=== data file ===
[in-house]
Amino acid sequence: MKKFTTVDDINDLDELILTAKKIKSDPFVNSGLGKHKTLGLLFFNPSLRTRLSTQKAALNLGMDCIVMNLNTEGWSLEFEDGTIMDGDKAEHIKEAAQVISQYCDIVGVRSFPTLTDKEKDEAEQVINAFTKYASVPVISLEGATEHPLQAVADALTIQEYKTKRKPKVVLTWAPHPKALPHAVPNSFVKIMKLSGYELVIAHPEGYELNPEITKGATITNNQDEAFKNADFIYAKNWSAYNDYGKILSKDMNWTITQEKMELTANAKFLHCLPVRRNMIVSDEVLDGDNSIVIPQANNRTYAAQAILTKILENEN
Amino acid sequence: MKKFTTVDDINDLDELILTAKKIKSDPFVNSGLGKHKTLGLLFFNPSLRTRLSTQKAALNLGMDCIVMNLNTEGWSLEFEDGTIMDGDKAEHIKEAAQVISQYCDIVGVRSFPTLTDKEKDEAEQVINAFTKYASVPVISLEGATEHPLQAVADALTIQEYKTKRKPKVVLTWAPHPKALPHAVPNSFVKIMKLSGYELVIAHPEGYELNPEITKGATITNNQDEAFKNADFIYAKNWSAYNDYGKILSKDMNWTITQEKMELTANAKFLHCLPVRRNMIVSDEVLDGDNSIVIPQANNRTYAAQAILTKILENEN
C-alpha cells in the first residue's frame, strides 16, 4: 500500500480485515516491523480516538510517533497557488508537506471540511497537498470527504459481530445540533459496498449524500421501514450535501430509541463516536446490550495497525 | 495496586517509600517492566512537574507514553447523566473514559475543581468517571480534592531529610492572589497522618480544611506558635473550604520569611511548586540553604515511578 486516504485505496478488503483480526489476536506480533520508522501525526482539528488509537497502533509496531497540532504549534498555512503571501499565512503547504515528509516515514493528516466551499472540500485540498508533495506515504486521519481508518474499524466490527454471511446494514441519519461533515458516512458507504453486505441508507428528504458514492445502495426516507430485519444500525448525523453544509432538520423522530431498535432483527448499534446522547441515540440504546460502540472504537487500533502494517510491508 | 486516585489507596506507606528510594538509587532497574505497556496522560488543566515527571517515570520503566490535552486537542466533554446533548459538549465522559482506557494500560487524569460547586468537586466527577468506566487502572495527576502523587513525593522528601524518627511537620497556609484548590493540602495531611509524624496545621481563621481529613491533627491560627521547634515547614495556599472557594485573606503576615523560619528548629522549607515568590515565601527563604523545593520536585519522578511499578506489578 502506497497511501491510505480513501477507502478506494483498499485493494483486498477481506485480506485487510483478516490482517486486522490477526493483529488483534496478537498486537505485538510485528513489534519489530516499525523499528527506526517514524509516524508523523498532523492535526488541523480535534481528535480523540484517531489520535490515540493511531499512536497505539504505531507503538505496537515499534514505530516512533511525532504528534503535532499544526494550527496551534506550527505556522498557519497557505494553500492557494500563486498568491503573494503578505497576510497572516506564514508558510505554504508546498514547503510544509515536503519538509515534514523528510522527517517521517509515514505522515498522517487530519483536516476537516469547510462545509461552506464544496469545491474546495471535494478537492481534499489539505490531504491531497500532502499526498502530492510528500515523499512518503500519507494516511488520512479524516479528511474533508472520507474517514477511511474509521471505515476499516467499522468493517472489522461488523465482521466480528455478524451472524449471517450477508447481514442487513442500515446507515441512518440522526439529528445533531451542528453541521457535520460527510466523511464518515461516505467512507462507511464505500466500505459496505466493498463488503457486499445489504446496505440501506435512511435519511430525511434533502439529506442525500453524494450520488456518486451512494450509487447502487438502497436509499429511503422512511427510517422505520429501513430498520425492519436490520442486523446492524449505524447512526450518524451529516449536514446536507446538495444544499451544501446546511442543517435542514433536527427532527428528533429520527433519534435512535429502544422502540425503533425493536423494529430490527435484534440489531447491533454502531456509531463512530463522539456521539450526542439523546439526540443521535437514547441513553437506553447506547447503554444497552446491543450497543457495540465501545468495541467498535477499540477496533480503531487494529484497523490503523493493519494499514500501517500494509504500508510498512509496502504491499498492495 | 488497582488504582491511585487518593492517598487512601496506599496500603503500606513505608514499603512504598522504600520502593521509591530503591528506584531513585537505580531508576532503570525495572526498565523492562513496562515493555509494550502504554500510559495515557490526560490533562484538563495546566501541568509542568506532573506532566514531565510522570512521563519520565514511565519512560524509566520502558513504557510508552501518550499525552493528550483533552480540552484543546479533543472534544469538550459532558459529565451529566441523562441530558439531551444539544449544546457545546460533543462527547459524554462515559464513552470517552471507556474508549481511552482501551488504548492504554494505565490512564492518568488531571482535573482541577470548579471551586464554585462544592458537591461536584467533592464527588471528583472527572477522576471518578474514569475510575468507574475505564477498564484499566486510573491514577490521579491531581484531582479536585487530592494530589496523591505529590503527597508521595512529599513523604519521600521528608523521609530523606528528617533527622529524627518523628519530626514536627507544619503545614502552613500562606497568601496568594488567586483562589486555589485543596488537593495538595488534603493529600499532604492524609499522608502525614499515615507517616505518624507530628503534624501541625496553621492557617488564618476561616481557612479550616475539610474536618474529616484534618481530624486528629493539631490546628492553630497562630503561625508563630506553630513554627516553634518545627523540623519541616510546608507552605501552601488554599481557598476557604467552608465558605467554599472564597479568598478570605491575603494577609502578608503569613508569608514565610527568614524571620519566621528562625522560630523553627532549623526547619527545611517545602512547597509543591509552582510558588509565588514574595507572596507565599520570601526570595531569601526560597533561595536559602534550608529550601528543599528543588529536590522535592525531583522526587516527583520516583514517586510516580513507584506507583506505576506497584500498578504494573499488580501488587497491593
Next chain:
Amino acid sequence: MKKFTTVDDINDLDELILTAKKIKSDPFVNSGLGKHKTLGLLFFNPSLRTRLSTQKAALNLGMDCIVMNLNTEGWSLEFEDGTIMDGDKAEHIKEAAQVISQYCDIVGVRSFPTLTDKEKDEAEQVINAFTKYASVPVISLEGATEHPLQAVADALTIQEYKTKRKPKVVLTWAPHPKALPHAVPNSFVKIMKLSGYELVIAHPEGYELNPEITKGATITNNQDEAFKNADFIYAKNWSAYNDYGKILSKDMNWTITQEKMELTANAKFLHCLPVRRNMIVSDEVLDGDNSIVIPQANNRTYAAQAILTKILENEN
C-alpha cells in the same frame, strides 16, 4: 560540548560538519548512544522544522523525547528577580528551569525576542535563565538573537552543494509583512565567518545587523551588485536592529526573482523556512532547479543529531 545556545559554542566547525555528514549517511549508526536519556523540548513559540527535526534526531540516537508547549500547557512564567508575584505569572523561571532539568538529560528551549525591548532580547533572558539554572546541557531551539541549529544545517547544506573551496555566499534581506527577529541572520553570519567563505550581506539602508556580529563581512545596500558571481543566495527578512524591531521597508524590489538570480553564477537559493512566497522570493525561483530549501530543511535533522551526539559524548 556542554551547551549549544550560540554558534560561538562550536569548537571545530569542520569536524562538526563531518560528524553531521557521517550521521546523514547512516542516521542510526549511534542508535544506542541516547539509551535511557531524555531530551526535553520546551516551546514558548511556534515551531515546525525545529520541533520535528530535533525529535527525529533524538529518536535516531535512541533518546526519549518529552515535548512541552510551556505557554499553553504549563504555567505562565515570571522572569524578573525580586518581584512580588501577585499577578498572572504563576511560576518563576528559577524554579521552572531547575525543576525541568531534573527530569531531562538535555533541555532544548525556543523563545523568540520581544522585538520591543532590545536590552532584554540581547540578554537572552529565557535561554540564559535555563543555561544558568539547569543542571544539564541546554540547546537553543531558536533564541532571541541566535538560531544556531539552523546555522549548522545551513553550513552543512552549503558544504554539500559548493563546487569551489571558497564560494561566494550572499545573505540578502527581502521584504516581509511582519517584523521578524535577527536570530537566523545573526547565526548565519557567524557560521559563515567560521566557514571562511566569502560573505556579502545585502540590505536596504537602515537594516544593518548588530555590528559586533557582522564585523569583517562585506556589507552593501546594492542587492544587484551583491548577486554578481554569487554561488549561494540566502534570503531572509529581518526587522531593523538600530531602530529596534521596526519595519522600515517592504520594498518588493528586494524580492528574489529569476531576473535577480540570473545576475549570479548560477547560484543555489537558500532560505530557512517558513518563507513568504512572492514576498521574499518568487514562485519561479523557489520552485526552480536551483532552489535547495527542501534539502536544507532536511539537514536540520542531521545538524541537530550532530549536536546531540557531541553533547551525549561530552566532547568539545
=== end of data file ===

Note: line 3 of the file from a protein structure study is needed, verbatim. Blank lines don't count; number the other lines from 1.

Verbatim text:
Amino acid sequence: MKKFTTVDDINDLDELILTAKKIKSDPFVNSGLGKHKTLGLLFFNPSLRTRLSTQKAALNLGMDCIVMNLNTEGWSLEFEDGTIMDGDKAEHIKEAAQVISQYCDIVGVRSFPTLTDKEKDEAEQVINAFTKYASVPVISLEGATEHPLQAVADALTIQEYKTKRKPKVVLTWAPHPKALPHAVPNSFVKIMKLSGYELVIAHPEGYELNPEITKGATITNNQDEAFKNADFIYAKNWSAYNDYGKILSKDMNWTITQEKMELTANAKFLHCLPVRRNMIVSDEVLDGDNSIVIPQANNRTYAAQAILTKILENEN